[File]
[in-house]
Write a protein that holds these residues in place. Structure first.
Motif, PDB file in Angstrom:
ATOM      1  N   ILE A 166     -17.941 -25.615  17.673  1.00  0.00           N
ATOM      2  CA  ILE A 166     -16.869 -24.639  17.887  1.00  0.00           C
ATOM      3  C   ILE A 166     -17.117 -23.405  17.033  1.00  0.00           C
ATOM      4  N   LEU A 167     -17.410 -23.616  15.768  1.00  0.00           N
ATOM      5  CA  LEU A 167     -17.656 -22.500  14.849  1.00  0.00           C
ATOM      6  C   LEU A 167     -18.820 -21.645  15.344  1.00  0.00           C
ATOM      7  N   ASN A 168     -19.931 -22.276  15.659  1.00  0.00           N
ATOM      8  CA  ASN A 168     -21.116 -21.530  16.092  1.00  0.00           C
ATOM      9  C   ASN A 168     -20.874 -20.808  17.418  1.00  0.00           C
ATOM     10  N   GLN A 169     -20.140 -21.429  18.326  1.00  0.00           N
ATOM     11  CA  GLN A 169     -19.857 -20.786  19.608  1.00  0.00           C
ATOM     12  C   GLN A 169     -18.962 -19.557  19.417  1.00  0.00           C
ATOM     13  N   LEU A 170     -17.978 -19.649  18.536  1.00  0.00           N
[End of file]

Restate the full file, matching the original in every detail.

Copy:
[in-house]
Write a protein that holds these residues in place. Structure first.
Motif, PDB file in Angstrom:
ATOM      1  N   ILE A 166     -17.941 -25.615  17.673  1.00  0.00           N
ATOM      2  CA  ILE A 166     -16.869 -24.639  17.887  1.00  0.00           C
ATOM      3  C   ILE A 166     -17.117 -23.405  17.033  1.00  0.00           C
ATOM      4  N   LEU A 167     -17.410 -23.616  15.768  1.00  0.00           N
ATOM      5  CA  LEU A 167     -17.656 -22.500  14.849  1.00  0.00           C
ATOM      6  C   LEU A 167     -18.820 -21.645  15.344  1.00  0.00           C
ATOM      7  N   ASN A 168     -19.931 -22.276  15.659  1.00  0.00           N
ATOM      8  CA  ASN A 168     -21.116 -21.530  16.092  1.00  0.00           C
ATOM      9  C   ASN A 168     -20.874 -20.808  17.418  1.00  0.00           C
ATOM     10  N   GLN A 169     -20.140 -21.429  18.326  1.00  0.00           N
ATOM     11  CA  GLN A 169     -19.857 -20.786  19.608  1.00  0.00           C
ATOM     12  C   GLN A 169     -18.962 -19.557  19.417  1.00  0.00           C
ATOM     13  N   LEU A 170     -17.978 -19.649  18.536  1.00  0.00           N